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Steve Jobs: Inside his private world

There was more to Steve Jobs than Apple products. The tech mogul had a private life that he kept largely secret throughout the years.

But now, following his death this week at the age of 56, details are emerging about the life of the beloved innovator.

Complete coverage: Steve Jobs: 1955-2011

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On "The Early Show on Saturday Morning" Tatsha Robertson, senior editor of People magazine, noted that it's not widely known that Jobs was adopted.

"Paul and Clara were his parents. He was very close to his father, very close to his mom," Robertson said. "Although they were not college-educated people, his mother taught him to read at 3 years old, and he was very inspired by it. He said that helped him become curious and, you know, very curious and intelligent person. He loved his adopted father. His father was a mechanic and he used his hands and he always encouraged his son to be creative. So they really inspired him."

Robertson said Jobs never knew his biological father.

When asked about why Jobs didn't connect with his biological father, a Syrian man, Robertson said, "The father later said that it was up to Steve to connect with him. He was worried that Steve would think that he wanted his money and he did not. But after his death, he said he wished they would have connected."

In his 20s, Robertson said, Jobs sought his biological family and discovered his sister, Mona Simpson, a famous author.

"They became extremely close," Robertson said. "Her first book she dedicated to her brother Steve. Her second book she had a character who was, guess what? A mogul, a Silicon Valley mogul, and it was similar to her brother and they got a laugh out of that."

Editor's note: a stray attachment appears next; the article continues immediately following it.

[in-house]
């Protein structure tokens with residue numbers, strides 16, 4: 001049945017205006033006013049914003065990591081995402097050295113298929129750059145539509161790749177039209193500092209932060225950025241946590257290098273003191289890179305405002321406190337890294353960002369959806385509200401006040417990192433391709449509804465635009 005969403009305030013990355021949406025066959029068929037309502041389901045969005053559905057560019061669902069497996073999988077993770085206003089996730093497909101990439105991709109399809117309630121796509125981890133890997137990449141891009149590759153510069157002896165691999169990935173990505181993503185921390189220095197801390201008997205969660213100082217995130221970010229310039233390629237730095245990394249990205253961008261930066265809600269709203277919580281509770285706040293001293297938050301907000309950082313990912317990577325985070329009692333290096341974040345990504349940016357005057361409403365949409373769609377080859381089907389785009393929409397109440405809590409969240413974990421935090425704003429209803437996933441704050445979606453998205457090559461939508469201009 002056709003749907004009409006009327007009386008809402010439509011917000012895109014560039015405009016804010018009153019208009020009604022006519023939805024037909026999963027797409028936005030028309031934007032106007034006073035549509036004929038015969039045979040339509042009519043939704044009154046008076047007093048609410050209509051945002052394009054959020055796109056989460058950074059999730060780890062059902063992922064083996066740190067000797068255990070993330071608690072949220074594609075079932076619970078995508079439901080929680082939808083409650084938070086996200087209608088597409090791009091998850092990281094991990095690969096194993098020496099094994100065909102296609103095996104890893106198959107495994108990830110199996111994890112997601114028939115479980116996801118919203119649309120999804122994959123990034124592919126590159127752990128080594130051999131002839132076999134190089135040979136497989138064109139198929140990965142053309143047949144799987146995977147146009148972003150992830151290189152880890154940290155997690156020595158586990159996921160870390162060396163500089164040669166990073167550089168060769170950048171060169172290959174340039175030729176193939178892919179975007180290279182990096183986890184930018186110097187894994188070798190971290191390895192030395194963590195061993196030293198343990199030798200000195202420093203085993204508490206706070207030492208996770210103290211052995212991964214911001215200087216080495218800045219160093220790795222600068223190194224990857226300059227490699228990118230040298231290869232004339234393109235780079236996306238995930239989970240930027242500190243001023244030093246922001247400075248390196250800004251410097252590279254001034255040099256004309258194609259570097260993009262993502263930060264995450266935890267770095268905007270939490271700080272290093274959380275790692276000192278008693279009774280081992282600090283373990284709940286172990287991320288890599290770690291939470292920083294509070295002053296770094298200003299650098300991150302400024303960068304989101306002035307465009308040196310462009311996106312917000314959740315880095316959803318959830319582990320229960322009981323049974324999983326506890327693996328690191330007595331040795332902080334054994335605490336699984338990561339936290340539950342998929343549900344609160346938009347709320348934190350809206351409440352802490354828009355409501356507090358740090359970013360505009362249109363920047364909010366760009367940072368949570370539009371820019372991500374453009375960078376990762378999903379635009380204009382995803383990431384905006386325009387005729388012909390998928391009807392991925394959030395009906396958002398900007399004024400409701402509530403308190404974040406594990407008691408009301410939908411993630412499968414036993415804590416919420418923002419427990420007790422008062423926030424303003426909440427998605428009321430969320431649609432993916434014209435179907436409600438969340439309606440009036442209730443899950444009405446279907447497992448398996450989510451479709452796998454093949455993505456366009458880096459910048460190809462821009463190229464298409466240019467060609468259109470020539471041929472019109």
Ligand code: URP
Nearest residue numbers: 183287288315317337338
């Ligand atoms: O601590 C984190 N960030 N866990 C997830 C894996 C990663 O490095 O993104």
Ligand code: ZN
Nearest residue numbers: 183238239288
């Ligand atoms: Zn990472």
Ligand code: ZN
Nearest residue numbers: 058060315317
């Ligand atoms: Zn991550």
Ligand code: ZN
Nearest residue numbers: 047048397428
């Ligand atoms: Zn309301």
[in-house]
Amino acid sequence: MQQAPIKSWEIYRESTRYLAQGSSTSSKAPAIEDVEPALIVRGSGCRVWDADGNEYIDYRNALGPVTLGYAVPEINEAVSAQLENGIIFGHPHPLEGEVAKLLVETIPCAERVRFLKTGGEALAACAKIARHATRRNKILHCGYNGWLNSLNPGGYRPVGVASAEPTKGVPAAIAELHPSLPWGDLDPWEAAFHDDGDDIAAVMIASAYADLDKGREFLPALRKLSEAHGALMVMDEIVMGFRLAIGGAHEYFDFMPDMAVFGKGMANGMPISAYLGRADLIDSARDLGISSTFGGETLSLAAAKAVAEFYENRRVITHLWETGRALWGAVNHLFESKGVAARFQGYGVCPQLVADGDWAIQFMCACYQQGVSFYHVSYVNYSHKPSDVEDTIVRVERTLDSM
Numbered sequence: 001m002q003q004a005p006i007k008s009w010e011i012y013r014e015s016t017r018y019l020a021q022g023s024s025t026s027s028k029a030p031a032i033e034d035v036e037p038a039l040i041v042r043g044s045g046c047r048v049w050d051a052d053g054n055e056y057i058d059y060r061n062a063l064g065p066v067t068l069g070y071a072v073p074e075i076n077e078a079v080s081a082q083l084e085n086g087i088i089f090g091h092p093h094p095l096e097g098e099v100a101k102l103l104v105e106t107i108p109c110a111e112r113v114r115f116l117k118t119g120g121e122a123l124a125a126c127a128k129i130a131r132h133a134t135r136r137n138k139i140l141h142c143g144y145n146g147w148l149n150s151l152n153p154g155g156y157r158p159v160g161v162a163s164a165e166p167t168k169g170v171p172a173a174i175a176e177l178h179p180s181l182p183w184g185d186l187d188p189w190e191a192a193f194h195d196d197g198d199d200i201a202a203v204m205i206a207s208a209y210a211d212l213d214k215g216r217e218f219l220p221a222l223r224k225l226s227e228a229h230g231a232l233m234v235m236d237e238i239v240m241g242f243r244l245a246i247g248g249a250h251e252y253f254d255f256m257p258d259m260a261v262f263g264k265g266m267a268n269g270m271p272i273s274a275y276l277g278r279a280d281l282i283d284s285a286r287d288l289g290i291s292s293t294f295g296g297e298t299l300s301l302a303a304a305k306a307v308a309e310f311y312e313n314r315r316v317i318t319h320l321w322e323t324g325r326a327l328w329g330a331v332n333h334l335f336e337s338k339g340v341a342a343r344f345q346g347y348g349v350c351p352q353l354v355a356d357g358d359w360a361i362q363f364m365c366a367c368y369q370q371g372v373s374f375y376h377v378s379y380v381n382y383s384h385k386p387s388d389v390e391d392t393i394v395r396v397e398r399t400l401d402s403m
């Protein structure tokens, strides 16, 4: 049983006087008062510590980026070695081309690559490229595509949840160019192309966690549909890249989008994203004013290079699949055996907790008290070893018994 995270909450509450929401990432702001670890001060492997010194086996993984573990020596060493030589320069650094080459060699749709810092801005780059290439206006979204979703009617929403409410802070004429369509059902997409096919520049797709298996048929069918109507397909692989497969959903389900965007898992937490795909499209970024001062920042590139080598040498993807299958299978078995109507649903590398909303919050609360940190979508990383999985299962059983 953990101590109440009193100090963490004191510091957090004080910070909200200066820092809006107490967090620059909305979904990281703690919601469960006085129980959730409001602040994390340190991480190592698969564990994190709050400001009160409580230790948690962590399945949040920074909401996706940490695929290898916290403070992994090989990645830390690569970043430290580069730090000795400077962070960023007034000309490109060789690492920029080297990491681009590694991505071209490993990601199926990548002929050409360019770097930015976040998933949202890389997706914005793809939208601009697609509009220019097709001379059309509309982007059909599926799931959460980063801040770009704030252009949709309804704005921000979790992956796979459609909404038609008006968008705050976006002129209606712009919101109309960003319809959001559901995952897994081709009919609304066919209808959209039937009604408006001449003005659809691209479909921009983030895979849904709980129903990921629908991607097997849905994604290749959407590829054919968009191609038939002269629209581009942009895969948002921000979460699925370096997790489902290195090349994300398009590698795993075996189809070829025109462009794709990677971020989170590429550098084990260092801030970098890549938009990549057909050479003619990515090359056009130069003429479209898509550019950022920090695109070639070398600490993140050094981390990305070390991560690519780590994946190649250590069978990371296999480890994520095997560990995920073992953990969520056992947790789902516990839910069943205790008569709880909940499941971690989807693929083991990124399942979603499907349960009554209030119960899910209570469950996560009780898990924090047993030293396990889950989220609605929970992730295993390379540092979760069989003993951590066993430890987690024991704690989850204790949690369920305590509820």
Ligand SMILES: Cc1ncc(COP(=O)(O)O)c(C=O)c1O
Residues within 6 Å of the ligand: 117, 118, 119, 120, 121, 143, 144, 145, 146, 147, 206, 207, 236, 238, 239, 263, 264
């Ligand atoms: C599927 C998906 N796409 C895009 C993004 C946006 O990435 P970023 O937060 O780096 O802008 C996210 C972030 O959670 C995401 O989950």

As for his romantic life, Steve Jobs did have some famous former flames, including folk singer Joan Baez. He also had a blind date with Diane Keaton, at one point, Robertson said.

However, Robertson said, everything changed for Jobs when he met his wife of 20 years at Stanford where he was giving a speech. Then, the Hollywood girlfriends, Robertson said, were "gone."

"He really enjoyed his private life. They had three children. He spent his time having dinner with his kids every night. He would go to, you know, shows with them, horse riding. He just became this private, great father. ... He became this private man who just, you know, wanted the simple life, to be with his kids barbecuing."

In addition to his three children, Jobs also reportedly fathered a daughter at age 23.

"Early Show" co-anchor Russ Mitchell said, "For years he would say this was not his daughter. He said he was sterile and no way he could have fathered a child. Later in life they became close?"

Robertson replied, "They became close around when she was around 7 years old, and then her teenage years, she lived with Steve Jobs and they became close. They had an on-and-off relationship, but they definitely rebuilt their relationship and she loved her father. She's a journalist now in New York City. So they really became close and loved each other."

Mitchell remarked, "He was such a public guy in many ways but he was private also. Why didn't many people know about these parts of his life?"

Robertson said Jobs wanted to control his own life narrative. "He did that very well," she said. "But a few weeks before his death, he allowed a biographer to really sit down and talk to him and he said he wanted to tell his story so that his children would know him. They knew a part of him, but he was also very busy, so he really kept that narrative together, and now I think he wants people to really know who the real Steve Jobs was."

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